Current position of the SSV Corwith Cramer. Click on the vessel to view position history. Use the layer tools, top right, to change the map style or to view data layers. Dates and times use GMT (Greenwich Mean Time).
SEA Currents: SSV Corwith Cramer
February 27, 2014
C251 Web Blog - 27 February 2014
16° 44.1’N 061° 52.0’W
Full and By
Wind-force 5 out of the SE, Seas-4ft from ExSE Cloud Cover- 2, temperature: 25.6°C
In Antigua, the busy season is from the beginning of January to the first week of May. Sailing races and the arrival of yachts of all sizes keep the harbors full while cruise ships bring thousands of tourists to see everything from the scenic beaches to historic sites left over from the British Colonial era. The resident population doubles, triples or quadruples in size as people from Antigua or other Caribbean islands hope to find work in the services sector of Antiguas economy. However, a combination of inflated prices and the seasonality of work make life very complicated for many Antiguans. For example, it is not unusual for Antiguans to hold at least two jobs in order to meet their year-round needs. I also learned from the students who went to St. Johns (the capital city) that there were visible signs of unemployment there. Thus, the busy season in Antigua offers opportunity to some, but poverty is also all around. Fully understanding why this is the case involves additional research and observation—something that I hope I can do on some future visits.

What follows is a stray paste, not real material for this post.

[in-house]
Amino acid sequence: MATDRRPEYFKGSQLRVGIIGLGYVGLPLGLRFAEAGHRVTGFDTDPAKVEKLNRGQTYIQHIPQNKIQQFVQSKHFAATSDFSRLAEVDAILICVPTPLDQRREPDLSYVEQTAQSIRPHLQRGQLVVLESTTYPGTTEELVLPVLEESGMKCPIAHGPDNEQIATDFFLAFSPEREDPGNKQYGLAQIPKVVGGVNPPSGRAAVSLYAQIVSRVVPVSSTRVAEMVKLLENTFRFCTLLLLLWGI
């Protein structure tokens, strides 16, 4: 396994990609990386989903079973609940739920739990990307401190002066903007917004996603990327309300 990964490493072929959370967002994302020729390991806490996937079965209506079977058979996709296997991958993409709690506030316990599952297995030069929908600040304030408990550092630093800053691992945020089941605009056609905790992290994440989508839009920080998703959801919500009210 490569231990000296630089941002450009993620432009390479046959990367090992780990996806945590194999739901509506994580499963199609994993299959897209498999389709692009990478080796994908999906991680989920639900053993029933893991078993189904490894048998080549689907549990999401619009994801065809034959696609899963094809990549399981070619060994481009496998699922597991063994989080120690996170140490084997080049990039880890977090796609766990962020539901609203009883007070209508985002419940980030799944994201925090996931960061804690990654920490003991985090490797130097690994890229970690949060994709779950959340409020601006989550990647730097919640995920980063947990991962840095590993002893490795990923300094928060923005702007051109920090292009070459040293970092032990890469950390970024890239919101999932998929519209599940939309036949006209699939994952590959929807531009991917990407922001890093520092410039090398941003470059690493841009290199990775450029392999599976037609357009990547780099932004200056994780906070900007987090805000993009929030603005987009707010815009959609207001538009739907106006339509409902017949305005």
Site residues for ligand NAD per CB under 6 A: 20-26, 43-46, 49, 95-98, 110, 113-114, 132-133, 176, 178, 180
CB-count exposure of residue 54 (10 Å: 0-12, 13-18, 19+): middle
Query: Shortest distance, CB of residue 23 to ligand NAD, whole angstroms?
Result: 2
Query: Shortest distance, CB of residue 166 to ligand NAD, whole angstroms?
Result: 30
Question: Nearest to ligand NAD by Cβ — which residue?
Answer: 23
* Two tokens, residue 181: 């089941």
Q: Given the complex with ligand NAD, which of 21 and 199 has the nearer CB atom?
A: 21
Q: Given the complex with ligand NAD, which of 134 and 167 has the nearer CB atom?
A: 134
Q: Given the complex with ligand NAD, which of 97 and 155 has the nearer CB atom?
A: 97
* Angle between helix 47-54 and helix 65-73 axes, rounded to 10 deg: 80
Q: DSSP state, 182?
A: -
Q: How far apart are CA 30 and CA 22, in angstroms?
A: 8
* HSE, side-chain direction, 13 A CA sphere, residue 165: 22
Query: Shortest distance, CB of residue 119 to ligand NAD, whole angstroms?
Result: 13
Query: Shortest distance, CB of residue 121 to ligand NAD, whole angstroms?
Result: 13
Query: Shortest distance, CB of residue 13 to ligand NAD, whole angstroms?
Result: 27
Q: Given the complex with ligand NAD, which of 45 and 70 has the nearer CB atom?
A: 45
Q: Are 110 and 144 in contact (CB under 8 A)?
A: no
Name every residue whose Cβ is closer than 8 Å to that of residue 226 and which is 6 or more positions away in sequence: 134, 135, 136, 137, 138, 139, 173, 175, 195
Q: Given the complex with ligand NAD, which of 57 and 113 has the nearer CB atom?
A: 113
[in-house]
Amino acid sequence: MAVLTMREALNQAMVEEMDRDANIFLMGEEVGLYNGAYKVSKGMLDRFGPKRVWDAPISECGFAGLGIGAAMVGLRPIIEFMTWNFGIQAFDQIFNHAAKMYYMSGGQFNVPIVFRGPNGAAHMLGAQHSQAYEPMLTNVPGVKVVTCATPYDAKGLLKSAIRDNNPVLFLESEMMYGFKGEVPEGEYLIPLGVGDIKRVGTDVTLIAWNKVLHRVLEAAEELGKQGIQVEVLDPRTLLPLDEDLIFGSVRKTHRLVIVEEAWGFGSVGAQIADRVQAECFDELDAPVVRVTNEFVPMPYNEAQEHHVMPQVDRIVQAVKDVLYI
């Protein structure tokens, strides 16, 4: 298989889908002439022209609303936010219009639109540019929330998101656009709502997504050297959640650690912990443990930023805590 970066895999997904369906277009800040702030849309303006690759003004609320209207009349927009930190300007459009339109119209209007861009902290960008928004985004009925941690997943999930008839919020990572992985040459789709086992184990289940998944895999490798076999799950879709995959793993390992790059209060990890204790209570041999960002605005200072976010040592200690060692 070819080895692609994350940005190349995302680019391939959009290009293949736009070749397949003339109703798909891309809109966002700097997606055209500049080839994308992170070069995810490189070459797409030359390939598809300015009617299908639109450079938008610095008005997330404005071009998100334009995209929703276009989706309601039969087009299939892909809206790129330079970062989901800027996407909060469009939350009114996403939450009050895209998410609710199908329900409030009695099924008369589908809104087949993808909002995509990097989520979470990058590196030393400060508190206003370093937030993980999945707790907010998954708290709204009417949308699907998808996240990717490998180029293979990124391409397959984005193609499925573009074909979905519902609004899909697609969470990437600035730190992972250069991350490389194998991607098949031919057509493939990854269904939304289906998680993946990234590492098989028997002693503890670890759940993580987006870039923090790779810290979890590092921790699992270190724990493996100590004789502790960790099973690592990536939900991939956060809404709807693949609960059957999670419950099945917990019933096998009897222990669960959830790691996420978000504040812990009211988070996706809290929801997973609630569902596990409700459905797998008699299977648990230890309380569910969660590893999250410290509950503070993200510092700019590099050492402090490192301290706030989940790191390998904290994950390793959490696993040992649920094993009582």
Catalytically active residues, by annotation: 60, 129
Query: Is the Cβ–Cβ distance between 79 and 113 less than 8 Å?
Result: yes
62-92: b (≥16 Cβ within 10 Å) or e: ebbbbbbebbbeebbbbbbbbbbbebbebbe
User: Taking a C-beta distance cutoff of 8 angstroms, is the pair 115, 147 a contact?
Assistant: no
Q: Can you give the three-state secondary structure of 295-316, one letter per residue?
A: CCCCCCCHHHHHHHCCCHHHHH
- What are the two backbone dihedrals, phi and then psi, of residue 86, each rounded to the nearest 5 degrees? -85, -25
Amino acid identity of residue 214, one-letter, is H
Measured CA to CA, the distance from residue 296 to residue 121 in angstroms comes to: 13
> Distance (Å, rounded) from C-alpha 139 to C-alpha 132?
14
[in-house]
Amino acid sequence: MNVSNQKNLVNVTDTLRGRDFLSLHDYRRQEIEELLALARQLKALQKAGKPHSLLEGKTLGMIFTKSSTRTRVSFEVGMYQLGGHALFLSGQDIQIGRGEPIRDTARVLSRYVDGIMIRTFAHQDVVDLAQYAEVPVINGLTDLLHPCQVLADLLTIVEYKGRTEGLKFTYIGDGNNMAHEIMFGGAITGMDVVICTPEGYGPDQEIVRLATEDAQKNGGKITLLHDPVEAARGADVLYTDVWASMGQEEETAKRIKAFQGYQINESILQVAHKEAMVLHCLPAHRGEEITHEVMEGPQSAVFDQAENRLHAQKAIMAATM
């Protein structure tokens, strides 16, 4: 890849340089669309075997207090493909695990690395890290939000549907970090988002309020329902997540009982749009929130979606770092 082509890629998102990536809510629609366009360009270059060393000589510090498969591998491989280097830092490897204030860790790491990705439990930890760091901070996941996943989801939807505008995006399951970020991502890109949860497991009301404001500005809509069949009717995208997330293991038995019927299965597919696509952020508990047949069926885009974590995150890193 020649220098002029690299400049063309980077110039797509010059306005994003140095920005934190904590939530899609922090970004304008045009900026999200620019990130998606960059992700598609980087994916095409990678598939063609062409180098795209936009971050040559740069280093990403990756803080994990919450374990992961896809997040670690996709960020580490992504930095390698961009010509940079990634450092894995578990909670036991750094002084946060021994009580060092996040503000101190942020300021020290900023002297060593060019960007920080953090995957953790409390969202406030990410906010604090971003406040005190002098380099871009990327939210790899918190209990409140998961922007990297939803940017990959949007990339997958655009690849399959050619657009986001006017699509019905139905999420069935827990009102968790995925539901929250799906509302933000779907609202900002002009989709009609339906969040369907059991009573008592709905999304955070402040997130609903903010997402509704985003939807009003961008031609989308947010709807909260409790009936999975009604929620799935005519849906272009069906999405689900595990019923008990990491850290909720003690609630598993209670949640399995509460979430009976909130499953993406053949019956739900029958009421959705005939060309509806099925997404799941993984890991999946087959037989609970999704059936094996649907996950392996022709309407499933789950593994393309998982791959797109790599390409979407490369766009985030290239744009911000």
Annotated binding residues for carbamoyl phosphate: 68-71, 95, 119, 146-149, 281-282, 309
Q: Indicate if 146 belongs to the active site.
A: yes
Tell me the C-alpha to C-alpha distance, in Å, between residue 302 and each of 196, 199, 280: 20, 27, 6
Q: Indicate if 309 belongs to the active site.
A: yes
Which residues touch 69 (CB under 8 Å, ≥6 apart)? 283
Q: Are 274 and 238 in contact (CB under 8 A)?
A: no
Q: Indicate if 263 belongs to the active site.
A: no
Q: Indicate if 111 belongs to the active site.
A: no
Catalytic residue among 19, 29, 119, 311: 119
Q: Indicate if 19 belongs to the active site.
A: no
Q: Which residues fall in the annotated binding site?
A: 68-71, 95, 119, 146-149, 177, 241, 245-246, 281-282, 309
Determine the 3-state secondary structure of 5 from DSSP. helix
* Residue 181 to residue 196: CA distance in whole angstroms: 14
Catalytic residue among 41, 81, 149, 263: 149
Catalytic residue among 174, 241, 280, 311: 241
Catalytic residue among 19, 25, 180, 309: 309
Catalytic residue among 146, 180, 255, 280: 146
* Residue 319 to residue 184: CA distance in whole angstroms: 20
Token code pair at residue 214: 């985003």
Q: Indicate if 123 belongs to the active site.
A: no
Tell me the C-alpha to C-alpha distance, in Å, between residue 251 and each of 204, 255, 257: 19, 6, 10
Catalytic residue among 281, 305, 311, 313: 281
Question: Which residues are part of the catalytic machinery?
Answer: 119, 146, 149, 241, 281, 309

After everyone had returned to the ship for lunch, the students leapt to the lines and made good time setting us free. If I remember correctly, after weighing anchor, we set our sails in no more than twenty minutes. Amazingly, we plan to be able to do this after our next port stop in five: the crew (students and staff) is becoming a more efficient team with each passing day.
I’d like to conclude with an anecdote from last night. We had a great anchor watch (keeping the ship safe and secure through the night in pairs). Time flew by in the blink of an eye. Max kept Katie and me well entertained with vivid recollections of haunted dreams. We also learned that Ballyhoos (a type of fish) go crazy when you shine a light on the water. All is calm and silent Says Max as he turns on his flashlight and lets the beam glide across the water. Now wait, here they go! A few little splashes then dozens as the foot long fish burst from the water squiggling and twisting in the air before they flop back with a splish splash into the misty blue sea.
Furthermore, we tag teamed the anchor bearings and boat checks so that we were done in a few short minutes. Once again, these hearty students are blowing me away. Thanks for all the smooth sailing. All for one and one for all!